Amazing what can happen. Now my students not only had a good racing scene but also a dramatic twist in the story. All the students had to do was listen carefully.
Understanding What You Did Not Actually See
Here’s another example, one that relates more to what I did not actually see. It’s Sunday, June 6, 2021. I’m driving back home from my wife’s mom’s place. My wife is in the passenger seat. She reads on social media something about the Egerton Ryerson statue being toppled—right now!—on the Ryerson University campus. Ryerson was an influential nineteenth-century educator who some believe bears a degree, maybe more than a degree, of responsibility, either directly or indirectly, for the odious residential school system that stole Indigenous children from their parents to indoctrinate them in Christian settler ways; in other words, to drive the Indian out of the Indian, in nineteenth-century Canadian government parlance.
Now that’s action! We deviate from our usual route home and park on Gould Street, about a half block east of the commotion.
My wife’s decision to visit the protest gives me an opportunity to see the actual size of the statue. It’s one thing to walk by the statue every day for almost twenty years; it’s quite another to see it lying on the ground, to almost feel the length and heaviness of the object, and to observe and gauge how tall, large, and unwieldy the statue really is. (I wish I had a tape measure with me. Maybe eight, nine feet tall?) The attackers could barely roll it once it was on the ground. They might as well have been Lilliputians tying down Gulliver, and there weren’t enough of them. They wanted to decapitate the sculpture. Gruesome. The statue is hollow, but it is heavy, and the metal neck is not so easily manipulated.
We didn’t stay to watch the protesters wrestle with Egerton, but I read in the Toronto Star newspaper the next morning that the avengers eventually managed a successful beheading, then travelled a few victorious blocks south to toss the educator’s big brain into Lake Ontario. It was later retrieved and put into storage, along with the fallen campus god’s body. According to Ryerson University President Lachemi, head and body would not be re-erected.
Shortly after the fall of Egerton, the special committee which had been struck several months previously to consult various stakeholders about the possibility of changing the name of the university released its recommendation: Change the name. There is now another committee for that. In the meantime, our emails say: X University. (As in Malcolm? As in X the Los Angeles punk band? As in X marks the spot? As in Professor X? You get to decide!)
This is the point I want to make. I wrote down what I actually saw but then I did not stick around. And so here I am, relying on the Star to fill in the “And then what happened?” I didn’t follow through, and I should have. Also, yes, it’s true I achieved that “feel” of being up close to Egerton Ryerson’s metallic body, but I did not take the time to calibrate its height, nor did I remember many other details. The statue had turned green with age, for instance. What did its eyes look like, up close? Hmm, don’t know. Writing down what you actually see, it turns out, is a lot harder than I thought.
The Globe and Mail feature reporter Ian Brown is often a guest in my class. He has a version of writing what you see that I like a lot:
Somebody once asked Hemingway what the hardest thing about writing was and he said there are two things. The first is using the details of reality to recreate emotions in the reader. That’s hard, but there are actually techniques for that. [That is, the four techniques Tom Wolfe outlines in his introduction to The New Journalism: scenes, detail, dialogue, and point of view.] The second, harder thing is to know what it is you actually noticed and saw and felt, as opposed to what it is you think you should have noticed and seen and felt, or what everybody wants you to see and think and feel, and what you yourself wish you had thought and seen and felt, because that would make you feel like a genius. You have to resist that tendency, even in journalism, where we’re supposed to be resisting it in the first place.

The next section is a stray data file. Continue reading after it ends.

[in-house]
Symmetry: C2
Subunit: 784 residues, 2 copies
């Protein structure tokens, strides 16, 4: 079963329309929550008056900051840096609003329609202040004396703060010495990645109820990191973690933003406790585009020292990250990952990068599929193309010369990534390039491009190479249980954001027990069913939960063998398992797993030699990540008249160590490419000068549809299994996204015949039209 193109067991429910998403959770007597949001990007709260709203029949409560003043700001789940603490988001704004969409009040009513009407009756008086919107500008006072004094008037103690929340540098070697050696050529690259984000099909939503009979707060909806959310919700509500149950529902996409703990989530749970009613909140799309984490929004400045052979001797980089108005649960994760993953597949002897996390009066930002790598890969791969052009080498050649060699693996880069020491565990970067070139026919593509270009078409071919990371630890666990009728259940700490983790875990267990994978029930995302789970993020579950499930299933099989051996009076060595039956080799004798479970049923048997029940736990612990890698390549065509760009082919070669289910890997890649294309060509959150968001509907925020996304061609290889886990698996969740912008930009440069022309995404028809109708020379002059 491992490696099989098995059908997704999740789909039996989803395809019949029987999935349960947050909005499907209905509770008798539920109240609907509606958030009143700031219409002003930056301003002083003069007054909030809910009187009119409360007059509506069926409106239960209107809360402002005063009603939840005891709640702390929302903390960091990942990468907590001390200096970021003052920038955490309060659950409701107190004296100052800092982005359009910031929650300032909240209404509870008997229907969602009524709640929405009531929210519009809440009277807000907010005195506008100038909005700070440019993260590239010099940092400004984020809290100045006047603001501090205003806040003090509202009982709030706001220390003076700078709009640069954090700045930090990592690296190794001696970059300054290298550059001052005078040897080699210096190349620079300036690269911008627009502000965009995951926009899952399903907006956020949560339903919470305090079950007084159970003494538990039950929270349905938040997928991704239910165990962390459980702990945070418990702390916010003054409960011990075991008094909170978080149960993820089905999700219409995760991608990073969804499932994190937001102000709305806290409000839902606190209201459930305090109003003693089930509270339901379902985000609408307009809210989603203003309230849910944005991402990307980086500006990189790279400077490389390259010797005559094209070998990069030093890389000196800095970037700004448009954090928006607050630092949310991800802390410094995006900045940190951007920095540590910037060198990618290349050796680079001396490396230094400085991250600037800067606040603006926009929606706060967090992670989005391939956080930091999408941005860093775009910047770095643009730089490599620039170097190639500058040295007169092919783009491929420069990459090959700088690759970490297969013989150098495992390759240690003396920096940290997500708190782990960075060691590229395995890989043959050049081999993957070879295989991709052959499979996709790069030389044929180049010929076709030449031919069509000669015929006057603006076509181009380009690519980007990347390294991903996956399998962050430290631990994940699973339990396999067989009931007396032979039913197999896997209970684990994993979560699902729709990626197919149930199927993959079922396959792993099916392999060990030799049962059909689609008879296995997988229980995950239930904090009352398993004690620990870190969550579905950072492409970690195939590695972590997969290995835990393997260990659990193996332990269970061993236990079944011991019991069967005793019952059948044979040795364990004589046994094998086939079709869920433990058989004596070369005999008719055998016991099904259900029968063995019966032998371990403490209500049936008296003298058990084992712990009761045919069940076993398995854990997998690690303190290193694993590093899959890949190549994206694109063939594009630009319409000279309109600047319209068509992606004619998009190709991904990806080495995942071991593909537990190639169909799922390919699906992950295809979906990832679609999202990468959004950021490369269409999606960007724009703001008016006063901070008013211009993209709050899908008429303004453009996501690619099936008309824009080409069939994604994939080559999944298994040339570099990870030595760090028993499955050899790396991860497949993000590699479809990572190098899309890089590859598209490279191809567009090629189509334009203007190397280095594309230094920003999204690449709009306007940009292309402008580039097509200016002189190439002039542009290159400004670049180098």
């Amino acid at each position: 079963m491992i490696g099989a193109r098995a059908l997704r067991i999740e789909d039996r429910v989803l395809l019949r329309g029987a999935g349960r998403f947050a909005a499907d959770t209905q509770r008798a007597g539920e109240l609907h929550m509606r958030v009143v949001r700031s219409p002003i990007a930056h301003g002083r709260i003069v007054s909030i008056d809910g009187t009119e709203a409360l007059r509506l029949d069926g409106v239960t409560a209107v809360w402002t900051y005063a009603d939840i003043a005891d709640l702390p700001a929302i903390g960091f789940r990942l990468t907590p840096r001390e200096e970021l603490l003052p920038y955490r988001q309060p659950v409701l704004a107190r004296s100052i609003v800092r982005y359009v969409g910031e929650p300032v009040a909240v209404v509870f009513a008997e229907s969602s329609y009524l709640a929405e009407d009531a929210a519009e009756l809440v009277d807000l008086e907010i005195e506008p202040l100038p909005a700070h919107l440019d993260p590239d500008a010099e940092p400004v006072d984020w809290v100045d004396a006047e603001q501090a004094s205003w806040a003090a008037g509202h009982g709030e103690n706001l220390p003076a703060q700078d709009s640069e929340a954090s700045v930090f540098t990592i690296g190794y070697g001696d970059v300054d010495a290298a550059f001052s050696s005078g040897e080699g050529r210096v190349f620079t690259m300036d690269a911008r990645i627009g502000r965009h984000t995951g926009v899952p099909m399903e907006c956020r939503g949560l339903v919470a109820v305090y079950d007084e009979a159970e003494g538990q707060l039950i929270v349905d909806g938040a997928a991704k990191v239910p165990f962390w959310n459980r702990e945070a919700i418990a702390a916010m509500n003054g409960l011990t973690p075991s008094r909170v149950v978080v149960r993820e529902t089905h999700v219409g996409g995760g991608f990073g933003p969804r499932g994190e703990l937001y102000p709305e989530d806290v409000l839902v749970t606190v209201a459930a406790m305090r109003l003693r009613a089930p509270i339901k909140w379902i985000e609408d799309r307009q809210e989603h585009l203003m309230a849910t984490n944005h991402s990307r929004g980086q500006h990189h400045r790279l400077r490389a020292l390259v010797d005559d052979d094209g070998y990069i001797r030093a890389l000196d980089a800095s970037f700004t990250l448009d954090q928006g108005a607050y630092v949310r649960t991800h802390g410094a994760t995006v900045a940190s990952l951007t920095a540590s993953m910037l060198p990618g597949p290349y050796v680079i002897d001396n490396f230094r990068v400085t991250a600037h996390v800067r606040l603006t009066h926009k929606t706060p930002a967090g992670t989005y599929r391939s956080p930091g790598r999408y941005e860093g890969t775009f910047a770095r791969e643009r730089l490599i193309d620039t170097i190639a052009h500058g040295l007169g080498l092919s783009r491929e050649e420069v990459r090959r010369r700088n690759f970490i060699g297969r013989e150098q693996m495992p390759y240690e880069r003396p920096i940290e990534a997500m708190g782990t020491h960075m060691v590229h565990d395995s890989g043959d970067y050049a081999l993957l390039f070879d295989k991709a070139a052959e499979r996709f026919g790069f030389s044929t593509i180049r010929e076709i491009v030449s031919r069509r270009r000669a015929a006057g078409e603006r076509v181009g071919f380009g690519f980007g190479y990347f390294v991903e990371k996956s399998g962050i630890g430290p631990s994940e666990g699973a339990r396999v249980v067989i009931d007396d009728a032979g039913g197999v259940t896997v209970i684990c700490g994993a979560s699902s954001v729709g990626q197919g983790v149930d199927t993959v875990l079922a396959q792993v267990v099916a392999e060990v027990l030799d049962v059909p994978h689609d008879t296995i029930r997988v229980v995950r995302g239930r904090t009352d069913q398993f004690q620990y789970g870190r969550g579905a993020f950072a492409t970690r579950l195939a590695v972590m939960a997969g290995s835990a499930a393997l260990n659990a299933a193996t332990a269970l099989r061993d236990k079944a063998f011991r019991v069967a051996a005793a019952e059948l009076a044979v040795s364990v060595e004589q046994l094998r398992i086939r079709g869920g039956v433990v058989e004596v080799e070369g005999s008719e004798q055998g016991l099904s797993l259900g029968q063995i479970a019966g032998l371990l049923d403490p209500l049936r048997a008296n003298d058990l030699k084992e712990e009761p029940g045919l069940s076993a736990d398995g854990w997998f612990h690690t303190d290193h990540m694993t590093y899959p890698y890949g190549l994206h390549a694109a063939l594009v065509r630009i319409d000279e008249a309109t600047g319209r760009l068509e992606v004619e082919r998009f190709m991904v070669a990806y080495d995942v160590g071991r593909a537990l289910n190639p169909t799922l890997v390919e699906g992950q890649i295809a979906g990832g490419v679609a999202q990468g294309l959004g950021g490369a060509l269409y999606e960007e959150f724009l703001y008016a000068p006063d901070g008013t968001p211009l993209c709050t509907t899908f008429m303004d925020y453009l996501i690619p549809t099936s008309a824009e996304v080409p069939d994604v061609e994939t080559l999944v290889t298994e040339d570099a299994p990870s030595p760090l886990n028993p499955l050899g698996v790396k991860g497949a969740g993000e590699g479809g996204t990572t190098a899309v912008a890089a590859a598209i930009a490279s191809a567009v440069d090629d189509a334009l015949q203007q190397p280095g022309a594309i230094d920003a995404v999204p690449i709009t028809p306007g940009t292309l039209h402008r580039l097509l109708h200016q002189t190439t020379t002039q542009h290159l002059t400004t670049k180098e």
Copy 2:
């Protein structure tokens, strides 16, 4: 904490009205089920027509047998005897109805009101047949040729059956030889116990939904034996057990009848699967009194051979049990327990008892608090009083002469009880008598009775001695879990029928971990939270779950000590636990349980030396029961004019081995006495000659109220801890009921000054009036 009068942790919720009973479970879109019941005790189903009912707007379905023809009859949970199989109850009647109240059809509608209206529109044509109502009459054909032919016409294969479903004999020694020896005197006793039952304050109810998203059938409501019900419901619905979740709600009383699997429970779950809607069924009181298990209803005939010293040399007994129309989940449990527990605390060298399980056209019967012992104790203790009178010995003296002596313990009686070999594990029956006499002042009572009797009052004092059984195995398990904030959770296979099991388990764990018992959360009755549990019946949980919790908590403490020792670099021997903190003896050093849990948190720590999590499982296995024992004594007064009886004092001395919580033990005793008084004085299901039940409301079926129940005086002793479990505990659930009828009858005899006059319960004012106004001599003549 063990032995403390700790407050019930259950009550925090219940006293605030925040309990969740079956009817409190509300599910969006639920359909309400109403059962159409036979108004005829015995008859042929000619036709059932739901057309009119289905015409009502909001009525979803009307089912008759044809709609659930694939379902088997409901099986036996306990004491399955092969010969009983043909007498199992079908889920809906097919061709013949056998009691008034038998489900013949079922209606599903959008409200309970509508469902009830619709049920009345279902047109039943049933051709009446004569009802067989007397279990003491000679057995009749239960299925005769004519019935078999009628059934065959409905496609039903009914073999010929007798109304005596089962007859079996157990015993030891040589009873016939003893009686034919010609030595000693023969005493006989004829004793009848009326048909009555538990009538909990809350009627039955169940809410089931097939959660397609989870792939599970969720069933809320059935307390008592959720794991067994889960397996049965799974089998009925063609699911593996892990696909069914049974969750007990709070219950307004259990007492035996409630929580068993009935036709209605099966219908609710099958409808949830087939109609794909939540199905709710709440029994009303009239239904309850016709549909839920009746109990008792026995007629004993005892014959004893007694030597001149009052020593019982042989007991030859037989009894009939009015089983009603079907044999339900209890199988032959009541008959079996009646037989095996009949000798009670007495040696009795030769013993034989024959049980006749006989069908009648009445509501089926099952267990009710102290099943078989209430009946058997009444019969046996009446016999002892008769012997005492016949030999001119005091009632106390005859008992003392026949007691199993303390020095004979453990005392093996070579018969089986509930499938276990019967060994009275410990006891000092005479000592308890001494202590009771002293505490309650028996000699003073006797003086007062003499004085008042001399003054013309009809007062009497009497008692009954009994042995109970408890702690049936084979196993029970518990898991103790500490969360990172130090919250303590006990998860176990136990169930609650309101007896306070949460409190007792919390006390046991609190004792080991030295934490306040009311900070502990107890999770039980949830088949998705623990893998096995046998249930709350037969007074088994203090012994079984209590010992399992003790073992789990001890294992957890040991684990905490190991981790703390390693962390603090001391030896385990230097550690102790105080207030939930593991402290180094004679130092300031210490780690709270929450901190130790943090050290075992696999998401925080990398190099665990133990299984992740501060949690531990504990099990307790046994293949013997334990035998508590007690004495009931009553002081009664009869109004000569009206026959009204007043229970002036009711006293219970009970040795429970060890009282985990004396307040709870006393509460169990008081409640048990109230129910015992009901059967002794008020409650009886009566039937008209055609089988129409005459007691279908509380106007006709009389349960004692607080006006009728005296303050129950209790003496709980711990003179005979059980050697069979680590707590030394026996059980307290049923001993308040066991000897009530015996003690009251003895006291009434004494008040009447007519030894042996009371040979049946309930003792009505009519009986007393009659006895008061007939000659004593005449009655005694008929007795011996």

And There Is Always the Sin of Omission
Finally, I recall a reporting incident that happened when I was the editor of Eye Weekly, one of those old-fashioned alternative news and arts papers that used to proliferate across North America, including two in Toronto, before fascist-fake populist-authoritarians co-opted the word ‘alternative’ to ‘alt-right’. It had to do with the Battle for Seattle (1999), or at least the Toronto fallout from the Battle. Our reporter was there, in the downtown core, to cover the protests. The Eye office wasn’t far away, just west of the “fight.” There was no question that she was sympathetic to the protesters’ cause, and that she had an activist bent, but we knew that going in. She had good connections and so was able to capture good scenes. She also covered one vignette that caused her anguish. There was a large garbage can on fire, for warmth mostly. But then the good guys kicked the can over and caused some damage. Our reporter came back and told us but didn’t want to include it in her story because it would make the protesters look bad. I told her, look, you report what you see. You can’t report only the parts of reality you think our readers want to see. You write it up exactly how it goes, not how you think it ought to go. Life is complex; keep your eyes open.
It’s a tough lesson to learn, and re-learn, and re-learn . . .
 “Monologue to the Maestro: A High Seas Letter.” In William White (ed.), By-Line: Ernest Hemingway. Selected Articles and Dispatches of Four Decades. New York: Charles Scribner’s Sons, 1967, 213–20. Quoted material, 219–20. Originally published in Esquire, October 1935.
 Ian Brown, “Writing What You See, Not What You Think You See,” Literary Journalism Studies Vol. 1, No. 2 (Fall 2009): 57–62. Quoted material, 59–60.
Bill Reynolds is the editor of Literary Journalism Studies. He is a Professor at the School of Journalism, X University, Toronto, Canada.